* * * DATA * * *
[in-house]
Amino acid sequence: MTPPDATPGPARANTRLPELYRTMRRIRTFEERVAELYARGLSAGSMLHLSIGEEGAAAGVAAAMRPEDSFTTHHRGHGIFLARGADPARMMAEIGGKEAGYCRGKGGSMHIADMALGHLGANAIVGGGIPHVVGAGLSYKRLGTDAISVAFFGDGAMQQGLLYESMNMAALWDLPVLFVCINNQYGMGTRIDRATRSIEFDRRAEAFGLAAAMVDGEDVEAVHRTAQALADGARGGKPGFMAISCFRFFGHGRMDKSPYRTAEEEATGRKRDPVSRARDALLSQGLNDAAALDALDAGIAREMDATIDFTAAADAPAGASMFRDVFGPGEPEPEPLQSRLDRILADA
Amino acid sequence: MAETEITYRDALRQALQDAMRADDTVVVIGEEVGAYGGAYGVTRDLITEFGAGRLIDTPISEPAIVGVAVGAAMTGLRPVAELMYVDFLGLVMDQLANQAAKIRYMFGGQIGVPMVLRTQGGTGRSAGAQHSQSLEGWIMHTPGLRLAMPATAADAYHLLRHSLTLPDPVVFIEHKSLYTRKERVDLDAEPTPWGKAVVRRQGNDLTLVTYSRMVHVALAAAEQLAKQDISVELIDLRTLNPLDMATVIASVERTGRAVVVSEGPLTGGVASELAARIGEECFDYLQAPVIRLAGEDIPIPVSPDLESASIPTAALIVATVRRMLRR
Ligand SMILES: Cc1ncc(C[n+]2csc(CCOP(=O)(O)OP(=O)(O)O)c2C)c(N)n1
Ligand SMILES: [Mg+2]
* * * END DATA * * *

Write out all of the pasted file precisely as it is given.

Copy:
[in-house]
Amino acid sequence: MTPPDATPGPARANTRLPELYRTMRRIRTFEERVAELYARGLSAGSMLHLSIGEEGAAAGVAAAMRPEDSFTTHHRGHGIFLARGADPARMMAEIGGKEAGYCRGKGGSMHIADMALGHLGANAIVGGGIPHVVGAGLSYKRLGTDAISVAFFGDGAMQQGLLYESMNMAALWDLPVLFVCINNQYGMGTRIDRATRSIEFDRRAEAFGLAAAMVDGEDVEAVHRTAQALADGARGGKPGFMAISCFRFFGHGRMDKSPYRTAEEEATGRKRDPVSRARDALLSQGLNDAAALDALDAGIAREMDATIDFTAAADAPAGASMFRDVFGPGEPEPEPLQSRLDRILADA
Amino acid sequence: MAETEITYRDALRQALQDAMRADDTVVVIGEEVGAYGGAYGVTRDLITEFGAGRLIDTPISEPAIVGVAVGAAMTGLRPVAELMYVDFLGLVMDQLANQAAKIRYMFGGQIGVPMVLRTQGGTGRSAGAQHSQSLEGWIMHTPGLRLAMPATAADAYHLLRHSLTLPDPVVFIEHKSLYTRKERVDLDAEPTPWGKAVVRRQGNDLTLVTYSRMVHVALAAAEQLAKQDISVELIDLRTLNPLDMATVIASVERTGRAVVVSEGPLTGGVASELAARIGEECFDYLQAPVIRLAGEDIPIPVSPDLESASIPTAALIVATVRRMLRR
Ligand SMILES: Cc1ncc(C[n+]2csc(CCOP(=O)(O)OP(=O)(O)O)c2C)c(N)n1
Ligand SMILES: [Mg+2]